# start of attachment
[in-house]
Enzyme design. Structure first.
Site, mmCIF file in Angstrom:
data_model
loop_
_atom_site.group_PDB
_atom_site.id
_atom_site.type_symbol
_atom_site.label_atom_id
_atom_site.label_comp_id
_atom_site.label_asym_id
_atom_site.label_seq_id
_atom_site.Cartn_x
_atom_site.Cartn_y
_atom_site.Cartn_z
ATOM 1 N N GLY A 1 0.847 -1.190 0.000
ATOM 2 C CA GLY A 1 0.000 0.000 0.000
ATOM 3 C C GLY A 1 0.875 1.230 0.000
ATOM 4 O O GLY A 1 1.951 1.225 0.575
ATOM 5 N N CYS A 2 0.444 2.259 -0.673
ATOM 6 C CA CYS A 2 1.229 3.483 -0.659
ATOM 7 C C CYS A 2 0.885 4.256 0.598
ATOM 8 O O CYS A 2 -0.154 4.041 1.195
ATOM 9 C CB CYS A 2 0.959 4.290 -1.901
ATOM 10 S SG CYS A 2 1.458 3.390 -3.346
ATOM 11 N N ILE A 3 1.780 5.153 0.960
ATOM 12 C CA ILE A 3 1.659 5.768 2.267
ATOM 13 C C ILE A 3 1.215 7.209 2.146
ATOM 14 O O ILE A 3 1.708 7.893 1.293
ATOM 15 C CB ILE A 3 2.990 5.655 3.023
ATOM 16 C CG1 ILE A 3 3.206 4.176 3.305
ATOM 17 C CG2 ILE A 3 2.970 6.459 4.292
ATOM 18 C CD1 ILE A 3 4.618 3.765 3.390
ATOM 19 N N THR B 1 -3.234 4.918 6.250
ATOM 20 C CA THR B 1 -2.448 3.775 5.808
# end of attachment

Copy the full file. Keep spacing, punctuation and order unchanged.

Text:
[in-house]
Enzyme design. Structure first.
Site, mmCIF file in Angstrom:
data_model
loop_
_atom_site.group_PDB
_atom_site.id
_atom_site.type_symbol
_atom_site.label_atom_id
_atom_site.label_comp_id
_atom_site.label_asym_id
_atom_site.label_seq_id
_atom_site.Cartn_x
_atom_site.Cartn_y
_atom_site.Cartn_z
ATOM 1 N N GLY A 1 0.847 -1.190 0.000
ATOM 2 C CA GLY A 1 0.000 0.000 0.000
ATOM 3 C C GLY A 1 0.875 1.230 0.000
ATOM 4 O O GLY A 1 1.951 1.225 0.575
ATOM 5 N N CYS A 2 0.444 2.259 -0.673
ATOM 6 C CA CYS A 2 1.229 3.483 -0.659
ATOM 7 C C CYS A 2 0.885 4.256 0.598
ATOM 8 O O CYS A 2 -0.154 4.041 1.195
ATOM 9 C CB CYS A 2 0.959 4.290 -1.901
ATOM 10 S SG CYS A 2 1.458 3.390 -3.346
ATOM 11 N N ILE A 3 1.780 5.153 0.960
ATOM 12 C CA ILE A 3 1.659 5.768 2.267
ATOM 13 C C ILE A 3 1.215 7.209 2.146
ATOM 14 O O ILE A 3 1.708 7.893 1.293
ATOM 15 C CB ILE A 3 2.990 5.655 3.023
ATOM 16 C CG1 ILE A 3 3.206 4.176 3.305
ATOM 17 C CG2 ILE A 3 2.970 6.459 4.292
ATOM 18 C CD1 ILE A 3 4.618 3.765 3.390
ATOM 19 N N THR B 1 -3.234 4.918 6.250
ATOM 20 C CA THR B 1 -2.448 3.775 5.808